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Been reading a bit on the web and apparently, it's best to get a stereo keyboard amp.

One of the first considerations is whether the amp is going to be the sole source of my instrument’s sound or if there’s also going to be a PA. If all the keyboard sounds are coming only from my amp, then I need it to be powerful, clean, and preferably stereo. Why? Because many of the important bread-and-butter sounds, such as Grand Piano, Organ with rotating Leslie, Electric Piano with stereo tremolo, and Synth sounds with ping-pong delay, lose a lot of their magic if the left and right channels are combined into mono. There are even situations where a sound’s ambience is created by having the left and right channels out of phase with each other. Those sounds get very weird (or completely disappear) when combined to mono.
I'd rather not fiddle with a pair of 'satellite' speakers, as you suggested, but rather opt for a stereo keyboard amp.
The Laney AH150 seems to be a very good stereo amp, as is the more affordable AH80. Anyone have any experience with either of these ?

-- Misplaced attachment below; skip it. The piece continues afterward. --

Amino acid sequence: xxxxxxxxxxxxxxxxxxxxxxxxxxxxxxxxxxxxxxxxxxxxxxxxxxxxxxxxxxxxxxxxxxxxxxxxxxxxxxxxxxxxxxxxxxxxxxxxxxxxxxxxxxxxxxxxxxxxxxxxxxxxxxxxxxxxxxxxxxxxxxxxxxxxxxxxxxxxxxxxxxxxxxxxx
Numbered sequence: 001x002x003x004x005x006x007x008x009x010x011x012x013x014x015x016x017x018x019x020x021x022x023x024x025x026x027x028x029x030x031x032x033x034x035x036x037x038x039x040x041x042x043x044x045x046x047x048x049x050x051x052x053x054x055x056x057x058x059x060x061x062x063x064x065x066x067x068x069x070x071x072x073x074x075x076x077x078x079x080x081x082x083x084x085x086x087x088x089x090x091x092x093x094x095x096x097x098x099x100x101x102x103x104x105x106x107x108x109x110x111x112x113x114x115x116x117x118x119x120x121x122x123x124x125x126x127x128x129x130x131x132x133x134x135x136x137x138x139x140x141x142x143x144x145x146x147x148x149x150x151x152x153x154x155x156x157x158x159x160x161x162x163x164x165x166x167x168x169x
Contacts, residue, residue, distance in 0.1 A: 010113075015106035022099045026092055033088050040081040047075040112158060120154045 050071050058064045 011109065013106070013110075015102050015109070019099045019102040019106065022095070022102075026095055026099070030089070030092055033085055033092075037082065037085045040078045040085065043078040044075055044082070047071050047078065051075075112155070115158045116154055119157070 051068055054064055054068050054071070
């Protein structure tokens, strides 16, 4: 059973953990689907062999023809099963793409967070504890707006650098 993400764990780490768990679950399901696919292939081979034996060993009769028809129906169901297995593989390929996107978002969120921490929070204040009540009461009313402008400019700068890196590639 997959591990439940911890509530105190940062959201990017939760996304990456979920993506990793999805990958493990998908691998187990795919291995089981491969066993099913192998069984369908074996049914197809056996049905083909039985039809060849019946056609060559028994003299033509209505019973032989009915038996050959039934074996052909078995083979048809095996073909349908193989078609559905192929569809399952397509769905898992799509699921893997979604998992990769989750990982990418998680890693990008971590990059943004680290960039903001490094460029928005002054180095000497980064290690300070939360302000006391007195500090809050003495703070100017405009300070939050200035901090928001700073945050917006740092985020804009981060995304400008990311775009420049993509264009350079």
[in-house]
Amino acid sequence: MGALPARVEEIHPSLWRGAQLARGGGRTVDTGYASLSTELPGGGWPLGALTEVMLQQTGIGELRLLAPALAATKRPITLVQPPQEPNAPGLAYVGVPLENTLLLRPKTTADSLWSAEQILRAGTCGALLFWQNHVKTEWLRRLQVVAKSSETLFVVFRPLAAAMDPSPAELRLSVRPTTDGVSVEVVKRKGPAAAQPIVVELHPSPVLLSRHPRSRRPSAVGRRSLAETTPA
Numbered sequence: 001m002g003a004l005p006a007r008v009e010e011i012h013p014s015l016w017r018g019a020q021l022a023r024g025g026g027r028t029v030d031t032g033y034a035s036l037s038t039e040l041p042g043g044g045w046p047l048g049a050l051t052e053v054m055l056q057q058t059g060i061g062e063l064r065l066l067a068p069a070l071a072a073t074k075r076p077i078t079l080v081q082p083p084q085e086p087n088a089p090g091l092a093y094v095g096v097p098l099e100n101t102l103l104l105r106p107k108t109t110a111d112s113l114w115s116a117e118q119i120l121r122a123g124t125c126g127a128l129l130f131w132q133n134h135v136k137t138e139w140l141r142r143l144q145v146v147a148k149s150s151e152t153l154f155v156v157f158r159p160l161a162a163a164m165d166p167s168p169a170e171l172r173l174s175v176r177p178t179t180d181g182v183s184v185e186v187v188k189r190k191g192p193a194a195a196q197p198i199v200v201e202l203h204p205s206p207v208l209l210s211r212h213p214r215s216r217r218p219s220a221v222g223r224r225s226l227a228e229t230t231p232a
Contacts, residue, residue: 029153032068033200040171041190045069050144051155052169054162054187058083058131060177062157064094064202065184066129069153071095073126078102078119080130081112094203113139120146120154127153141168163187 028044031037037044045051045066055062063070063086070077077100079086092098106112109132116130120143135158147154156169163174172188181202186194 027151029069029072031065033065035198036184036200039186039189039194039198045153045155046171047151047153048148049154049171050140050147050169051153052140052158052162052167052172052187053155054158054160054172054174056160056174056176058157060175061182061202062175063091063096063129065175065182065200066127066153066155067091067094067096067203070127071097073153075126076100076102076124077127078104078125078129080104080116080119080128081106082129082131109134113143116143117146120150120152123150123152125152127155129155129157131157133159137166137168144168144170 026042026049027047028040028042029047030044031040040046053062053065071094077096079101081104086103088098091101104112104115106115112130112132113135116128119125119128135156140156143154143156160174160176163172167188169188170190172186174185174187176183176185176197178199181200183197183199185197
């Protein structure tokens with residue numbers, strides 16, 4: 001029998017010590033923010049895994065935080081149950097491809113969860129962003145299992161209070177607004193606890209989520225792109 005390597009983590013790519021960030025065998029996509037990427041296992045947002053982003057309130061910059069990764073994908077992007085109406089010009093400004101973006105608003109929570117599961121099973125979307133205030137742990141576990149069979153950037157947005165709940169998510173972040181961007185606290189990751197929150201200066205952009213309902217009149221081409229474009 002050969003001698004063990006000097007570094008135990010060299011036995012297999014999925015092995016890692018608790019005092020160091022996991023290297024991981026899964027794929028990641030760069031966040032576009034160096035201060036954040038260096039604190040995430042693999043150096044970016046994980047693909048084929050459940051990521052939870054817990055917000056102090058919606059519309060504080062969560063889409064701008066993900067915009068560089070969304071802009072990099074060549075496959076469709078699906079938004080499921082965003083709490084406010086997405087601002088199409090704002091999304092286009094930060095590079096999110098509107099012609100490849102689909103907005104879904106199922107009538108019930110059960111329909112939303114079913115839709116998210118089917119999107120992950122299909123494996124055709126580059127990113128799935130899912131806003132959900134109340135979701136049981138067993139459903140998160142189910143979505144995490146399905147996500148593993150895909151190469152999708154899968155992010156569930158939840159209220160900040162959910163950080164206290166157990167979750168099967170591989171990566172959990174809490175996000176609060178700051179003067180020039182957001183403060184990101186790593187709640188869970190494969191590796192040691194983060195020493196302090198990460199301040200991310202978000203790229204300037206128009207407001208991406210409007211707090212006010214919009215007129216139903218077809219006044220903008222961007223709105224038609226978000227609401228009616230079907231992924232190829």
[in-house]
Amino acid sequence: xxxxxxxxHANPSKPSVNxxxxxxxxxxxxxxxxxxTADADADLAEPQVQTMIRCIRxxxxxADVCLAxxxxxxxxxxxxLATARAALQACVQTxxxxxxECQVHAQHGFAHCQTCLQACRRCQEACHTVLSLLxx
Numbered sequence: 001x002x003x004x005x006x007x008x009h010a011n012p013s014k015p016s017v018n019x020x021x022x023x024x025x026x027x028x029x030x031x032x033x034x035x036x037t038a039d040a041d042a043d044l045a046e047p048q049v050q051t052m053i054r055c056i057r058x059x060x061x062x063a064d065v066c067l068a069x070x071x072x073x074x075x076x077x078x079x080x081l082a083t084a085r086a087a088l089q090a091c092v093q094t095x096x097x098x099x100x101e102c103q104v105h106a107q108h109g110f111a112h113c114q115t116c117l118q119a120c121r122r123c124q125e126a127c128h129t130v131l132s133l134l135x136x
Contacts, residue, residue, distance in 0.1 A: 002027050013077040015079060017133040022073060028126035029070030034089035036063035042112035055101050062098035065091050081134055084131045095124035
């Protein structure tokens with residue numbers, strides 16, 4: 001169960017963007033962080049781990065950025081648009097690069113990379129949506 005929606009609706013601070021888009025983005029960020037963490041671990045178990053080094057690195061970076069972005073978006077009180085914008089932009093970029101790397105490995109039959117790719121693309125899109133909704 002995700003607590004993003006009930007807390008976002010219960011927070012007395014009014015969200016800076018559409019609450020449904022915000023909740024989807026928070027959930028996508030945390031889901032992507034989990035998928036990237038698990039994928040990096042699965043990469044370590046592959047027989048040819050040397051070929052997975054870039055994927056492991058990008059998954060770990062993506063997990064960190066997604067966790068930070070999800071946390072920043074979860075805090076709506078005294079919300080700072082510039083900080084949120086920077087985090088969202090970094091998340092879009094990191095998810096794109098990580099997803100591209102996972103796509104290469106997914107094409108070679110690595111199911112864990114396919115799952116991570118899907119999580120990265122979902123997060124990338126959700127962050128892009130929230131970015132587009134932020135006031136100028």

Also (and this may be a dumb question), what's the best output on the Roland FA-08 to connect the amp to ? According to the manual, you can connect speakers to both the 'Main Balanced Outputs' or the single Sub Ouput (which you can also use for headphones).
I've read about someone who found that the sound was much quieter when connected to the main balanced outputs...
 

SeaGtGruff

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I think a balanced signal will always be inherently “quieter” than an unbalanced signal as far as line noise.
 
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But I assume you'll get better quality sound by using the balanced outputs ?
Or, what's the 'recommended' way of connecting an amp to a keyboard like the FA-08 ?
 

happyrat1

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You'll only see the benefits of a balanced line out if you use TRS cables and feed to a balanced line input. Otherwise it will default to an unbalanced signal anyway.

Otherwise just use ordinary TS cables and feed from the balanced outs to an unbalanced input.

Don't use the headphone out except for actual headphones unless you absolutely have to.

As for a recommended hookup.

Here's how I have my studio hooked up at home.

All connections are unbalanced stereo.

studio-flowchart.jpg


Gary ;)
 
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Errmm... quite a complicated setup. ;)

I suppose these are TRS ?
and

Which cable depends on the amp. The Roland KC-80 has a single stereo jack input on CH2, the Laney for example has a 2 L/R mono, same as the output on the FA-08.
Still, listening to audio samples, the Laney
although stereo, sounds more 'muffled' than the Roland KC-80
which is only 'mono' and frankly sounds great !

How much truth is there in that quote in my previous post, that a stereo amp is more or less a must-have ?

Sorry, all the links are in Dutch, I live in Belgium :)